Reviewed by Margaret Tomlinson
in a series, Smoke and Ashes is about
a demoralized British policeman in Calcutta in 1921. The year before, Gandhi had taken charge of the anti-colonial movement, beginning the nonviolent, highly
disruptive protests that would eventually win Indian independence.
a man with a conscience, enforcing British law in Colonial India comes with a nagging
sense of guilt. Despite the institutional prejudice against the native Indian
population, Captain Sam Wyndham respects his Indian subordinate, Sergeant Surendranath
"Surrender-not" Bannerjee. He also feels attracted to a wealthy and
beautiful Anglo-Indian woman. Tension mounts in these relationships, fed by his guilty conscience. Bannerjee's awareness and disapproval of Wyndham's increasingly
serious opium addiction doesn't make things easier.
this internal tension deepens what, even without it, would have been a
nail-biting murder mystery and thriller. The story opens with Wyndham on the roof
of an opium den, fleeing a police raid. He's covered in blood from the corpse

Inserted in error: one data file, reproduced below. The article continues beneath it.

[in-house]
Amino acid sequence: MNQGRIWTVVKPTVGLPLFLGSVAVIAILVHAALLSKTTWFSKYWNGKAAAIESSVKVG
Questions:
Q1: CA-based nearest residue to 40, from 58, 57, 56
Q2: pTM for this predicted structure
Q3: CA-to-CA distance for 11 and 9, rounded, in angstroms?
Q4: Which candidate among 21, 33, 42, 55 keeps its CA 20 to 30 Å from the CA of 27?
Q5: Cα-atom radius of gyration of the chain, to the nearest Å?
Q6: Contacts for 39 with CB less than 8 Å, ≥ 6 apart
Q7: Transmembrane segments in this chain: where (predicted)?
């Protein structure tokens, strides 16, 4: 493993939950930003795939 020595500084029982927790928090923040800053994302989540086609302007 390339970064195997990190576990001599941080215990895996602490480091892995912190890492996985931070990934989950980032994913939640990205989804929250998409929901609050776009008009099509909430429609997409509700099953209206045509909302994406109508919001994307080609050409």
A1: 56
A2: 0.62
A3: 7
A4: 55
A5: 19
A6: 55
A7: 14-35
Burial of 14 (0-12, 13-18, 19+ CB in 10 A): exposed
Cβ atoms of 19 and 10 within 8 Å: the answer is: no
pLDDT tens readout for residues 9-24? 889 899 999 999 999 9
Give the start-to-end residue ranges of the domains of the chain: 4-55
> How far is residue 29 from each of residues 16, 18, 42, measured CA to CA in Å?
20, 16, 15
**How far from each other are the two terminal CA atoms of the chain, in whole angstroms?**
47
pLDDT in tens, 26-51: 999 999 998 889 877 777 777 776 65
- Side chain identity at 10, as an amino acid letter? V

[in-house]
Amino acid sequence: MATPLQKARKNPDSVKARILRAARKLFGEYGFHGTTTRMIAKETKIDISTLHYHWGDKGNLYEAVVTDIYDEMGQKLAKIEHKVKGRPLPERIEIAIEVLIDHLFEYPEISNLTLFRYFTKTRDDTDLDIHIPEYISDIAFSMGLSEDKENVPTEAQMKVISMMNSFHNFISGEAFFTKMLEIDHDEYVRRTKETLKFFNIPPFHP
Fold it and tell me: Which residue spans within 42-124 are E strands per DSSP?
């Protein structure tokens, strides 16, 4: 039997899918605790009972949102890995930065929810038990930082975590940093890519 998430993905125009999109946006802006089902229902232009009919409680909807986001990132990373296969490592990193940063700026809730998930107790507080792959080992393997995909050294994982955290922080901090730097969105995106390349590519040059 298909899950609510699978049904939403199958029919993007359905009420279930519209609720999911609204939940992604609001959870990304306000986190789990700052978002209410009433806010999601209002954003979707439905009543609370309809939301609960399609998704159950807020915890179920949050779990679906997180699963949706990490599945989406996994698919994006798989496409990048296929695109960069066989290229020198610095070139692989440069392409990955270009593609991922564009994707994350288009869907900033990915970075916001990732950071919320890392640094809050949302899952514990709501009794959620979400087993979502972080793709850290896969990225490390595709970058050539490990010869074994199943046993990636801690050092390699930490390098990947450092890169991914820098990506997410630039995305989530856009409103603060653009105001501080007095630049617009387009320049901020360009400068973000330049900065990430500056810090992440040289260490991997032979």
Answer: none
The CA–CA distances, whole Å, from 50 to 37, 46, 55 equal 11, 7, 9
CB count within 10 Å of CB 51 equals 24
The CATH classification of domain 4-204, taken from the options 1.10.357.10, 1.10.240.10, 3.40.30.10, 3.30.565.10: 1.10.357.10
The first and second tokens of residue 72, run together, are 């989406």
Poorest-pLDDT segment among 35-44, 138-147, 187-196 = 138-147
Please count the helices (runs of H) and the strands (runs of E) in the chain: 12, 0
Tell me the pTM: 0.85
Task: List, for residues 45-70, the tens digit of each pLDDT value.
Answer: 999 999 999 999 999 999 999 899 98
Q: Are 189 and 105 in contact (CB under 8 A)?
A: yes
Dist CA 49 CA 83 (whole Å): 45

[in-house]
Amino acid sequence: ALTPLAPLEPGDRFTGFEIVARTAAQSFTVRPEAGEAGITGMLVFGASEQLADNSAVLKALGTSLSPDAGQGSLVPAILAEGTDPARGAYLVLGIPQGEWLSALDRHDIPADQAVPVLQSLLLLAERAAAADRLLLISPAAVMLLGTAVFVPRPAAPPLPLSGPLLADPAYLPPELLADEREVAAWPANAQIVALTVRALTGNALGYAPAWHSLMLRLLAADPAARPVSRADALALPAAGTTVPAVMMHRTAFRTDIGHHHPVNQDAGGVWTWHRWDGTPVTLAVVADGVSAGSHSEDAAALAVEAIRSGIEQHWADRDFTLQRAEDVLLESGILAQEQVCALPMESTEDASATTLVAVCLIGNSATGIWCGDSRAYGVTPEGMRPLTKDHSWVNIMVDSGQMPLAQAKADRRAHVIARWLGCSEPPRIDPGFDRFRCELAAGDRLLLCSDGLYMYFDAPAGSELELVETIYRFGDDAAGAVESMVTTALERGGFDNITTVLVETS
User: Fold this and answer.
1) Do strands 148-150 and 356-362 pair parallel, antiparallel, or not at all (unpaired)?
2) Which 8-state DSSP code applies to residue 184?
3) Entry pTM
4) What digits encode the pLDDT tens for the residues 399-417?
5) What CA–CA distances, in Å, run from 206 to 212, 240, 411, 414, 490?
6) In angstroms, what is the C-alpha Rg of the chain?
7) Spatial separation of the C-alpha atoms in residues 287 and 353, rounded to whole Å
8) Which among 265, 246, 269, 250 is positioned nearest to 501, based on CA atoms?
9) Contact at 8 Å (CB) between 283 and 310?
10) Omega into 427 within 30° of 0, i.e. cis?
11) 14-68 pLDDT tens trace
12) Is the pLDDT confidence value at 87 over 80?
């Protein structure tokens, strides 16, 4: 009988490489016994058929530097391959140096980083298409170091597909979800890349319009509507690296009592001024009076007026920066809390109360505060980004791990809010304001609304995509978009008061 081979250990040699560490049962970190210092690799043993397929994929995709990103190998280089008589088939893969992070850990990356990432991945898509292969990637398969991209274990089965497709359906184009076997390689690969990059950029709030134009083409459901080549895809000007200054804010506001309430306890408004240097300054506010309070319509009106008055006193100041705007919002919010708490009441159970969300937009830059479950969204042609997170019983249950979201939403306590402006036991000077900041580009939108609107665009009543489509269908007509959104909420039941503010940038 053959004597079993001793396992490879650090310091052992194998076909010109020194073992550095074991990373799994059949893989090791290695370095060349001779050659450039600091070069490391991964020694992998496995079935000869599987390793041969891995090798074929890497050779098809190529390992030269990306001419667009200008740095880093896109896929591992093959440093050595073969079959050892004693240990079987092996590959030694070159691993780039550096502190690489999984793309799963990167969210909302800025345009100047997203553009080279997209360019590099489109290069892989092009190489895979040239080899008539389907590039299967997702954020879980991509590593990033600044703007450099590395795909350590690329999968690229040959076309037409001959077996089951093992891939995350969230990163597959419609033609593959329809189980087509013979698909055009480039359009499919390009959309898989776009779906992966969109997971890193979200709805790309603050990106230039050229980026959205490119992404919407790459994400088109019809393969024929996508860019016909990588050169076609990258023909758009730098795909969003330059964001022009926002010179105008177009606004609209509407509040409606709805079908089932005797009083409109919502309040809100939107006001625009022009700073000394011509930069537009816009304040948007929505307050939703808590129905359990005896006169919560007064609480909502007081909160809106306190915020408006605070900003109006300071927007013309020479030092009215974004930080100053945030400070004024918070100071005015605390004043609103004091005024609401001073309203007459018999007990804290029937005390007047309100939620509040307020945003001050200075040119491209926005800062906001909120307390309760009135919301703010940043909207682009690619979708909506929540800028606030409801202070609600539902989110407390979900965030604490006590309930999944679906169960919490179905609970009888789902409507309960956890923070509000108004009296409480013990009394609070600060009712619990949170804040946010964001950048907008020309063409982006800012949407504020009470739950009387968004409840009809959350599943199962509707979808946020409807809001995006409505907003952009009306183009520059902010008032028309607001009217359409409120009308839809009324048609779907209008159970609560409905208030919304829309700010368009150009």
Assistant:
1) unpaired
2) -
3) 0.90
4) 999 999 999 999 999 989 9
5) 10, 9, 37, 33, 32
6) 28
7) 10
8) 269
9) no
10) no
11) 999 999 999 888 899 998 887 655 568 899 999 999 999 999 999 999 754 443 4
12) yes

he just stumbled over in a back room; if caught, an end to his career would
be the least of his worries. He doesn't dare report the grisly murder even
when a second body, mutilated in the same way, turns up in the course of his
regular police work.
Meanwhile, the Colonial police force is desperately attempting to maintain order and the status quo as Gandhi's nonviolent movement takes hold. "We could only control India through force of arms," Wyndham realizes, "but force was useless against a people who didn't fight back; because you couldn't kill people like that without killing a part of yourself too." Like the previous two novels in the Wyndham and Bannerjee series, Smoke and Ashes perfectly balances high suspense with its well-researched historical setting, each element masterfully supporting the other. (2019; 332 pages including an Author's Note about the history behind the novel)More about Smoke and Ashes at Powell's Books or The Book Depository